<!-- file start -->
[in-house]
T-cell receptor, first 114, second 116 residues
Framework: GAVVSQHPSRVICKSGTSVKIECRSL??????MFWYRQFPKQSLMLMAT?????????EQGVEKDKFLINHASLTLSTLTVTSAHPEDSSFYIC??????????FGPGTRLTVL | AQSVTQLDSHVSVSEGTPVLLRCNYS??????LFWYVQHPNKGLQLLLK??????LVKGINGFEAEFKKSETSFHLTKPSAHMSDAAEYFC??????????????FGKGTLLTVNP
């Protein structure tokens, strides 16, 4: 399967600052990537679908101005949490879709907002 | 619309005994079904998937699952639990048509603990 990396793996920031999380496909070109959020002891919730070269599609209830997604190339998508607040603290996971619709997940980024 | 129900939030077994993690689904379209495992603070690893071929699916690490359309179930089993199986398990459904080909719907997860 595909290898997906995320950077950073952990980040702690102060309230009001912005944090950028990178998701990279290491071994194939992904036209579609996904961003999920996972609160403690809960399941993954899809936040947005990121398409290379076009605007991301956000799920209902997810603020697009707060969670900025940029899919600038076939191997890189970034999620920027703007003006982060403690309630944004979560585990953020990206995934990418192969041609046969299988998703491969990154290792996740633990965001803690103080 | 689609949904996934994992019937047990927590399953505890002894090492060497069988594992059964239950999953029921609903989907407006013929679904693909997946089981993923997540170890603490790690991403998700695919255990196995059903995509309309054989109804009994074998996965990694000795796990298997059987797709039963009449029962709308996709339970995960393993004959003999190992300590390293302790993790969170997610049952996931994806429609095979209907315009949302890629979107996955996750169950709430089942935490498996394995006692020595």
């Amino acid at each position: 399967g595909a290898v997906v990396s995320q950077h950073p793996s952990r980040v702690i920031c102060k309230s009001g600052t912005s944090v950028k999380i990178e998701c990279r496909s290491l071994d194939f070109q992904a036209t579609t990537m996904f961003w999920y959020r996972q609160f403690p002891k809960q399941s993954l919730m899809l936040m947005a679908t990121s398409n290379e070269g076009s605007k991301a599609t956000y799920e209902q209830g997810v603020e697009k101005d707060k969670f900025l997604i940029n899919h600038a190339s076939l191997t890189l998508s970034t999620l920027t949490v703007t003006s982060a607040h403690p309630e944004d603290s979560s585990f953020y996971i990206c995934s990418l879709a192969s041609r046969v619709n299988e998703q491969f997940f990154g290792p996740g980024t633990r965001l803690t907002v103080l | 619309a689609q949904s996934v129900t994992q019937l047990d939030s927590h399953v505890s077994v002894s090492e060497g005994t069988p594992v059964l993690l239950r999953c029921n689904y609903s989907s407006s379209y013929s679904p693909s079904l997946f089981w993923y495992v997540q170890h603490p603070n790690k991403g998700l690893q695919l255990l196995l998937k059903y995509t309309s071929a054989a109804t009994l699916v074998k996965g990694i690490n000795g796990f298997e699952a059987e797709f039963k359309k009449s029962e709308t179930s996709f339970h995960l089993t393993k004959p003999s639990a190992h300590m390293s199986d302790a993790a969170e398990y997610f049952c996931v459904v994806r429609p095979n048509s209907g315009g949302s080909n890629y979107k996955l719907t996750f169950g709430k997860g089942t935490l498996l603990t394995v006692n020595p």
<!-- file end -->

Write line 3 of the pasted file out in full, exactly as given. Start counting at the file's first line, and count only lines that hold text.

Framework: GAVVSQHPSRVICKSGTSVKIECRSL??????MFWYRQFPKQSLMLMAT?????????EQGVEKDKFLINHASLTLSTLTVTSAHPEDSSFYIC??????????FGPGTRLTVL | AQSVTQLDSHVSVSEGTPVLLRCNYS??????LFWYVQHPNKGLQLLLK??????LVKGINGFEAEFKKSETSFHLTKPSAHMSDAAEYFC??????????????FGKGTLLTVNP